It occurs to me now that I have never seen the ice-storm put upon canvas, and have not heard that any painter has tried to do it. I wonder why that is. Is it that paint cannot counterfeit the intense blaze of a sun-flooded jewel? ~Mark Twain

Thanks for coming by.

 

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1. Sign

I’ve been determined this year to show you what our fall foliage looks like from up above the treetops. My first try on Hewe’s Hill in Swanzey wasn’t entirely successful because of the limited viewing range and the bright sunshine that day, so last week I decided to try Pitcher Mountain in Stoddard. There are 360 degree views from the top of this mountain, so I reasoned that it would be possible to take photos without the sun shining directly at the camera.

2. Trail

It was partly cloudy and windy that day and most of the trees seemed to still have plenty of leaves on them.

3. Maple

This young maple was certainly colorful.

4. Meadow

About halfway up the trail you come to a large meadow where long horned and long haired Scottish Highland cattle are kept. At least some of the time, anyway; I’ve climbed this mountain many times now and have never seen an animal in this meadow.

 5. Ranger Cabin

A little more climbing brings you to the old ranger cabin. The fire tower on this mountain is manned when the fire danger is high, but I don’t think the ranger station is used any longer.

6. Fire Tower

It’s hard to miss the fire tower. In April of 1940 27,000 acres of forest burned, including all of the trees on this summit and the old wooden fire tower that once stood here.  It was the most destructive fire in the region’s history and burned the summit right down to the bare granite. The tower seen in this photo replaced the original that was built here in 1915.

7. Tower Tie Down

It’s a good thing that the tower is well anchored. The wind felt like it was blowing at gale force up here on this day, and I had to use it as a wind break.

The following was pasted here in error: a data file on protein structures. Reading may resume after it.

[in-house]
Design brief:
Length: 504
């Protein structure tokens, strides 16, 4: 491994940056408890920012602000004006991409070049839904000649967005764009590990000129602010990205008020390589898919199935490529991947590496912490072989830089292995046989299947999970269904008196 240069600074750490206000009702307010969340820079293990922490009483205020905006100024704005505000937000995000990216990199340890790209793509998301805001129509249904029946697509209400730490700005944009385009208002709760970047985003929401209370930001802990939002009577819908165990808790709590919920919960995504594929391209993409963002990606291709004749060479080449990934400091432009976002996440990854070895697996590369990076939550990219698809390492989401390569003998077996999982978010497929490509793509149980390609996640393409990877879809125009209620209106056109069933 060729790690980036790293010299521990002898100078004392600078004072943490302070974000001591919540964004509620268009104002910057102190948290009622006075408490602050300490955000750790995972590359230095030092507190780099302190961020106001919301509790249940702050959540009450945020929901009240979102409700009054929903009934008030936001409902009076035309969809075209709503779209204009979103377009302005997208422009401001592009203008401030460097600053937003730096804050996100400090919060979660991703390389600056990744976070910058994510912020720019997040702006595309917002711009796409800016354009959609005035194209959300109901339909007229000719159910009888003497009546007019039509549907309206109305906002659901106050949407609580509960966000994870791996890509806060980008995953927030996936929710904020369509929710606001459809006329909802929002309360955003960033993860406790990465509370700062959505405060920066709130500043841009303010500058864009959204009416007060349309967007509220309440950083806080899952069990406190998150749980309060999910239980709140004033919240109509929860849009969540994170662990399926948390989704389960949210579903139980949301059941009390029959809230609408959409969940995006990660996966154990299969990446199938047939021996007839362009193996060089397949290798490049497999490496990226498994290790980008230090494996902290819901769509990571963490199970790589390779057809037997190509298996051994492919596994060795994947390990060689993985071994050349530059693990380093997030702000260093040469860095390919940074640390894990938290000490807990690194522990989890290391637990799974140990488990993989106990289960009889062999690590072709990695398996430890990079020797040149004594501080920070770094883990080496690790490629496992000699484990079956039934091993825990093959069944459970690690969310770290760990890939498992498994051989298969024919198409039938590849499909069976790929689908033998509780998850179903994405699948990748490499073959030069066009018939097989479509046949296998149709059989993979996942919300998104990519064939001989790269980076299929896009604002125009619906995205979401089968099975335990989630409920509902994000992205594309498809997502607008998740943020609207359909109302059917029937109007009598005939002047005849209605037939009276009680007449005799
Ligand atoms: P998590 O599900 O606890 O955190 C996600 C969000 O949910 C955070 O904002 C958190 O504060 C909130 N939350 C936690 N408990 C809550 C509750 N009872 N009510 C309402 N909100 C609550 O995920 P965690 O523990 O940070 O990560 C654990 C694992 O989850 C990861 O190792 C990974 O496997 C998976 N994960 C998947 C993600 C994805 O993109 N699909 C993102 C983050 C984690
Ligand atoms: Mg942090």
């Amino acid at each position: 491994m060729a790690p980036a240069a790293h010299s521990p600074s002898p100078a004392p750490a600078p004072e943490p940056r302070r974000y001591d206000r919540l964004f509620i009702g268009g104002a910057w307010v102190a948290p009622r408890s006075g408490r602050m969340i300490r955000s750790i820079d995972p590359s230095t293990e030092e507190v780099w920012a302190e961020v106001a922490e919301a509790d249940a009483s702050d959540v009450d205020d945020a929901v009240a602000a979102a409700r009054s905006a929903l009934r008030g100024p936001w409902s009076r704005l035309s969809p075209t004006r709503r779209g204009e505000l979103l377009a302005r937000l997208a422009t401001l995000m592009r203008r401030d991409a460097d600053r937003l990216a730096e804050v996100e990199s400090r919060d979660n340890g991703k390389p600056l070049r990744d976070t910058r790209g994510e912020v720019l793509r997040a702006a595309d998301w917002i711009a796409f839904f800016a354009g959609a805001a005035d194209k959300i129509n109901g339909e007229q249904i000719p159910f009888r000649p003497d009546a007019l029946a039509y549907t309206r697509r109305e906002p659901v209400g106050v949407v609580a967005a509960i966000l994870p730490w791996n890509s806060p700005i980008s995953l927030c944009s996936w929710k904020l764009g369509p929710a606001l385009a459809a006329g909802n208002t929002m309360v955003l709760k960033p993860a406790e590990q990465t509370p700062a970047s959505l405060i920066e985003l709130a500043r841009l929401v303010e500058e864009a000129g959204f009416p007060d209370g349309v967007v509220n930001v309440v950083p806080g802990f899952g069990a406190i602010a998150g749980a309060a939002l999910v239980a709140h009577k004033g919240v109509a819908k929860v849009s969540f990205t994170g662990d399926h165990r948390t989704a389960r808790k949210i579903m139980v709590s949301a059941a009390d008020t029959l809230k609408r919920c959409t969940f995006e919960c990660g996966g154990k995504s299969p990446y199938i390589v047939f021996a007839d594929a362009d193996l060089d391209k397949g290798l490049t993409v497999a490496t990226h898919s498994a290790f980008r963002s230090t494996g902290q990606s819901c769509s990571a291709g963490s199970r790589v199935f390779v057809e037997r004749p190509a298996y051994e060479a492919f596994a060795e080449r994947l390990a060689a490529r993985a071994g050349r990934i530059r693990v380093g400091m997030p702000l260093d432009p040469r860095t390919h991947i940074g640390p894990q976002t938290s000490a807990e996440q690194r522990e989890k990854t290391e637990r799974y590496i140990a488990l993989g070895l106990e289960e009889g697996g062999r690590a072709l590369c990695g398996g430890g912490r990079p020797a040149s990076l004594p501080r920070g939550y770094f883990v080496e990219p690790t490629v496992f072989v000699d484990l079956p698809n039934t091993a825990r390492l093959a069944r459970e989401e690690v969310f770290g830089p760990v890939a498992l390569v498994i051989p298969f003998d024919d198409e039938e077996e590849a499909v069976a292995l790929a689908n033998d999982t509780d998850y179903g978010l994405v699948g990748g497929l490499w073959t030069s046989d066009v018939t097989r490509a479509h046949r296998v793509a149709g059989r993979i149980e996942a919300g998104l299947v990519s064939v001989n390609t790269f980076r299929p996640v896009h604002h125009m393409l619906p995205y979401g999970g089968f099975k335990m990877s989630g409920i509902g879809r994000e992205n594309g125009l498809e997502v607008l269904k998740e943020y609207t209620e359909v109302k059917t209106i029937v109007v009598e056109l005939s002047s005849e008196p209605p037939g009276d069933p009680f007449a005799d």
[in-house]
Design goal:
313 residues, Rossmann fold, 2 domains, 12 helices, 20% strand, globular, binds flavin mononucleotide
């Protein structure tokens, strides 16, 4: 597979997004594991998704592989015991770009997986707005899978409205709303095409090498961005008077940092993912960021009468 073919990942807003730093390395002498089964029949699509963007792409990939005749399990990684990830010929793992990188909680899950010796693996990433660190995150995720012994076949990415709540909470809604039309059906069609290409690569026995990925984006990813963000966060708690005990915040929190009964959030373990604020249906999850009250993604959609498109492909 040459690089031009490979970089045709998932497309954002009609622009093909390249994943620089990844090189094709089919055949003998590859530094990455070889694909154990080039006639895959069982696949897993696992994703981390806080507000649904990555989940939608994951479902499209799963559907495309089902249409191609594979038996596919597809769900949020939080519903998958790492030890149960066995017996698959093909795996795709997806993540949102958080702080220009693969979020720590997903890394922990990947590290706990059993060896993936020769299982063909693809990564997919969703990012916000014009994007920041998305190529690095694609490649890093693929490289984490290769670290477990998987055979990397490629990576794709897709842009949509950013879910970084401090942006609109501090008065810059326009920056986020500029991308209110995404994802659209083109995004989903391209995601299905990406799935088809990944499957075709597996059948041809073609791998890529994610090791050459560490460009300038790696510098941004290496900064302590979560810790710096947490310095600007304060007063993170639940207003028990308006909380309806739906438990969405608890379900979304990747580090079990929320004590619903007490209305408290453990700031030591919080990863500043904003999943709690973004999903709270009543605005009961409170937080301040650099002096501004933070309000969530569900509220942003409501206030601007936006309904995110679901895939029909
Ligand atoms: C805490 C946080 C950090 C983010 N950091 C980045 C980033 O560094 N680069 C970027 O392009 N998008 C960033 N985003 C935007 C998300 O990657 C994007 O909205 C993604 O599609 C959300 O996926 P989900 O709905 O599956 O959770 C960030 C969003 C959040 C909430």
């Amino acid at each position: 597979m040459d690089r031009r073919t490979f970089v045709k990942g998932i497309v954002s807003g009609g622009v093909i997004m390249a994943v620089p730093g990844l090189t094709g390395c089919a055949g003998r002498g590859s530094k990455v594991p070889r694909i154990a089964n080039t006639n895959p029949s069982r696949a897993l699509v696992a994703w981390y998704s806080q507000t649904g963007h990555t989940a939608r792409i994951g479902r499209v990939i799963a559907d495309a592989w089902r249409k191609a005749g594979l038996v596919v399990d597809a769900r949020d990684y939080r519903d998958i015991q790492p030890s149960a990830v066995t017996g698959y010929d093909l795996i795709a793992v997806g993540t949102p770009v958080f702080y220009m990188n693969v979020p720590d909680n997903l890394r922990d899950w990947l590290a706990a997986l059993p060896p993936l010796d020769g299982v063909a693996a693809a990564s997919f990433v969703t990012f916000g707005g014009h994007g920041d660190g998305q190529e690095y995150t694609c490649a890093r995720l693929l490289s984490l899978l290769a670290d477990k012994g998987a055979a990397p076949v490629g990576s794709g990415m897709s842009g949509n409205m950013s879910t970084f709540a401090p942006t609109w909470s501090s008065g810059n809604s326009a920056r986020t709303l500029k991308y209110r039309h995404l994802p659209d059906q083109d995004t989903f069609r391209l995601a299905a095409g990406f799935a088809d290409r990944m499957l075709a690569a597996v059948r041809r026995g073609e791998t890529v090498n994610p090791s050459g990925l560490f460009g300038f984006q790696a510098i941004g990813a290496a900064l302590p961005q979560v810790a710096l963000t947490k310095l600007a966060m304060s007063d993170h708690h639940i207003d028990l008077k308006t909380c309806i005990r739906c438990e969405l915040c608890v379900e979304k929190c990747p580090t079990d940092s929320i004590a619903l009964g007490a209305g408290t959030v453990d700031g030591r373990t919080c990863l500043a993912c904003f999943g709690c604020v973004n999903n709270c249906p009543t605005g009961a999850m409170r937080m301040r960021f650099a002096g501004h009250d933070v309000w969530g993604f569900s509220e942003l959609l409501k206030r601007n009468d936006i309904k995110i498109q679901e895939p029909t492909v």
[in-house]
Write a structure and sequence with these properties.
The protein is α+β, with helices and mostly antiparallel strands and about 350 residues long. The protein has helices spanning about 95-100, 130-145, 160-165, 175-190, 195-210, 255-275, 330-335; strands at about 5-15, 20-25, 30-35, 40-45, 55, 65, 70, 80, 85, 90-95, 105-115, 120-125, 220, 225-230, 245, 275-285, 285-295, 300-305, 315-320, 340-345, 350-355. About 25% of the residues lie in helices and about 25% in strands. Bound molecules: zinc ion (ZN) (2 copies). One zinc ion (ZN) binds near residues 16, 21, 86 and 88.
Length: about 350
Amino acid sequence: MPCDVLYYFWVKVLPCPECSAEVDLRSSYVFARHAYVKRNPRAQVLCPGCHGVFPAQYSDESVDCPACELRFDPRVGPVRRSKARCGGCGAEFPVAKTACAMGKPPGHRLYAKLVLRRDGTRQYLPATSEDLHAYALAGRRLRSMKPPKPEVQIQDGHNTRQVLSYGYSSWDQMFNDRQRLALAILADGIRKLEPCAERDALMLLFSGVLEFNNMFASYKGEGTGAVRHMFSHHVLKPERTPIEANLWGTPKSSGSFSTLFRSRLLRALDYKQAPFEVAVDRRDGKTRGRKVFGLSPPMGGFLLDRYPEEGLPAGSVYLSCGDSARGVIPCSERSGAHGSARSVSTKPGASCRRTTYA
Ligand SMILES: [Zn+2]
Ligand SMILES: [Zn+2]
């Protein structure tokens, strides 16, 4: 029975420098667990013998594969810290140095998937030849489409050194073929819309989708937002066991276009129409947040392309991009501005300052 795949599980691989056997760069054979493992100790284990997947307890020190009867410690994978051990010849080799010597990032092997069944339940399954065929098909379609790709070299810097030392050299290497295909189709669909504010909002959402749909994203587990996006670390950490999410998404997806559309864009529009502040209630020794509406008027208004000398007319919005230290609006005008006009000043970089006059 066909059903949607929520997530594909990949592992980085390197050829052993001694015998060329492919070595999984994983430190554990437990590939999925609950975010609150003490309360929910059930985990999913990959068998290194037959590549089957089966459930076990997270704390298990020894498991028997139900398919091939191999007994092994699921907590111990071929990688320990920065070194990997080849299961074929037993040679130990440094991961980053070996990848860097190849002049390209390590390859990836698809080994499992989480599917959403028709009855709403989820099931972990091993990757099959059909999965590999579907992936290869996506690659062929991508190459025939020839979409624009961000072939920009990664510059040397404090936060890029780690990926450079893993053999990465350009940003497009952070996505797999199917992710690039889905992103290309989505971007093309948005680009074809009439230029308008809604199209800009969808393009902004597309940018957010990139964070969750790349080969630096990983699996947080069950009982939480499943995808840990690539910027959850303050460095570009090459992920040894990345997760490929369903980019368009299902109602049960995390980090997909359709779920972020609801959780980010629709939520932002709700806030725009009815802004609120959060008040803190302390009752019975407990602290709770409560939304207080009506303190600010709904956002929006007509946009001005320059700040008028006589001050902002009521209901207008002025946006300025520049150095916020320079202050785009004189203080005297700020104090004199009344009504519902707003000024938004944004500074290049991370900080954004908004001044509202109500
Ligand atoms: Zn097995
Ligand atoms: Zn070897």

8. Common Goldspeck Lichen

Large colonies of common gold speck lichen (Candelariella vitellina) cover the exposed granite. They were fruiting so they must be very happy up here.

9. Blueberry Bush

Pitcher Mountain is famous for its native high bush blueberry bushes which cover many acres, and people come from all over to pick them.  They are also one of our most colorful native shrubs.

10. Mount Monadnock

Mount Monadnock’s outline was barely visible off to the south due to the weather conditions, but by fiddling around with the camera’s controls I was able to get a shot of it. I’m not sure why the meadow and trees in the foreground look so dimly lit, but I kind of like it.

11. Distant View 1

Almost every time I’ve climbed Pitcher Mountain it has been sunny when I started out and then clouds rolled in as soon as I reached the summit. This day was no different, but a little patience paid off and every time the sun broke through I snapped a photo. It was so beautiful, I didn’t mind waiting.

12. Crow

As I sat waiting for the clouds to part I watched this crow struggling to not be blown out of the sky. The wind was fierce and I too struggled with keeping the camera steady on its monopod.

13. Closest Hill

I sat on the side of the fire tower away from the wind and waited for some sunshine to illuminate this, the nearest hill. I had to laugh at my luck because once or twice all of the surrounding landscape in any direction was in full sunshine except this hill and the mountain I sat on.  When the sun finally illuminated the hill, it was beautiful as I knew it would be. I was surprised that so many trees were bare though.

14. Foliage

There were some nice colors up close, too. I think we’re seeing the red of oak, orange maple, and yellow beech in this shot.

15. Distant View 2

This was taken when the sun was shining just about everywhere except the mountain I sat on. It’s a good example of how the light, and lack of it, can impact foliage colors. I’m not sure why the few evergreens in the foreground appear so dark.

16. Distant View 3

Though the photos don’t really do them justice the colors seen from the mountaintop and the way the light played on the distant hills were breathtakingly beautiful, and at times I felt like I was inside a painting by Monet or Renoir. There is simply nothing that compares with being on a mountaintop, especially at this time of year.

Mountains are not stadiums where I satisfy my ambition to achieve; they are the cathedrals where I practice my religion. ~Anatoli Boukreev

Thanks for stopping in.